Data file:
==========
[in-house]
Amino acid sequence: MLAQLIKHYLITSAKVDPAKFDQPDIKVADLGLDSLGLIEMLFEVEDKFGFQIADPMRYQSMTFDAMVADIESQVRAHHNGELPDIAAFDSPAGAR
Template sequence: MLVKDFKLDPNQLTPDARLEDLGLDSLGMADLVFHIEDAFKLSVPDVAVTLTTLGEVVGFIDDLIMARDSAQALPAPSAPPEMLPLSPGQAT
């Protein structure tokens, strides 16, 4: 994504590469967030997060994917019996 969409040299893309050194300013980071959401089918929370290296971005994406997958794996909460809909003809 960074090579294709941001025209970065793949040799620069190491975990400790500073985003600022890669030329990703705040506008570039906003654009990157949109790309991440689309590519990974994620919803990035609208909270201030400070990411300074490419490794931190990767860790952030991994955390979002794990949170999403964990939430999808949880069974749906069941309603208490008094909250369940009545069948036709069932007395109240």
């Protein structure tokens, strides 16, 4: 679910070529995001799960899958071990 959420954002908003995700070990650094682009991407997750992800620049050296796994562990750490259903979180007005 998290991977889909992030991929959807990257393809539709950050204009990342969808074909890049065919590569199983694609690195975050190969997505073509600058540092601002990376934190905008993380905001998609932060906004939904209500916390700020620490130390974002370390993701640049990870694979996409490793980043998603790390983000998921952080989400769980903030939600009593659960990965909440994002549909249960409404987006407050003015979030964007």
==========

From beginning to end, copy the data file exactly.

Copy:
[in-house]
Amino acid sequence: MLAQLIKHYLITSAKVDPAKFDQPDIKVADLGLDSLGLIEMLFEVEDKFGFQIADPMRYQSMTFDAMVADIESQVRAHHNGELPDIAAFDSPAGAR
Template sequence: MLVKDFKLDPNQLTPDARLEDLGLDSLGMADLVFHIEDAFKLSVPDVAVTLTTLGEVVGFIDDLIMARDSAQALPAPSAPPEMLPLSPGQAT
């Protein structure tokens, strides 16, 4: 994504590469967030997060994917019996 969409040299893309050194300013980071959401089918929370290296971005994406997958794996909460809909003809 960074090579294709941001025209970065793949040799620069190491975990400790500073985003600022890669030329990703705040506008570039906003654009990157949109790309991440689309590519990974994620919803990035609208909270201030400070990411300074490419490794931190990767860790952030991994955390979002794990949170999403964990939430999808949880069974749906069941309603208490008094909250369940009545069948036709069932007395109240």
């Protein structure tokens, strides 16, 4: 679910070529995001799960899958071990 959420954002908003995700070990650094682009991407997750992800620049050296796994562990750490259903979180007005 998290991977889909992030991929959807990257393809539709950050204009990342969808074909890049065919590569199983694609690195975050190969997505073509600058540092601002990376934190905008993380905001998609932060906004939904209500916390700020620490130390974002370390993701640049990870694979996409490793980043998603790390983000998921952080989400769980903030939600009593659960990965909440994002549909249960409404987006407050003015979030964007």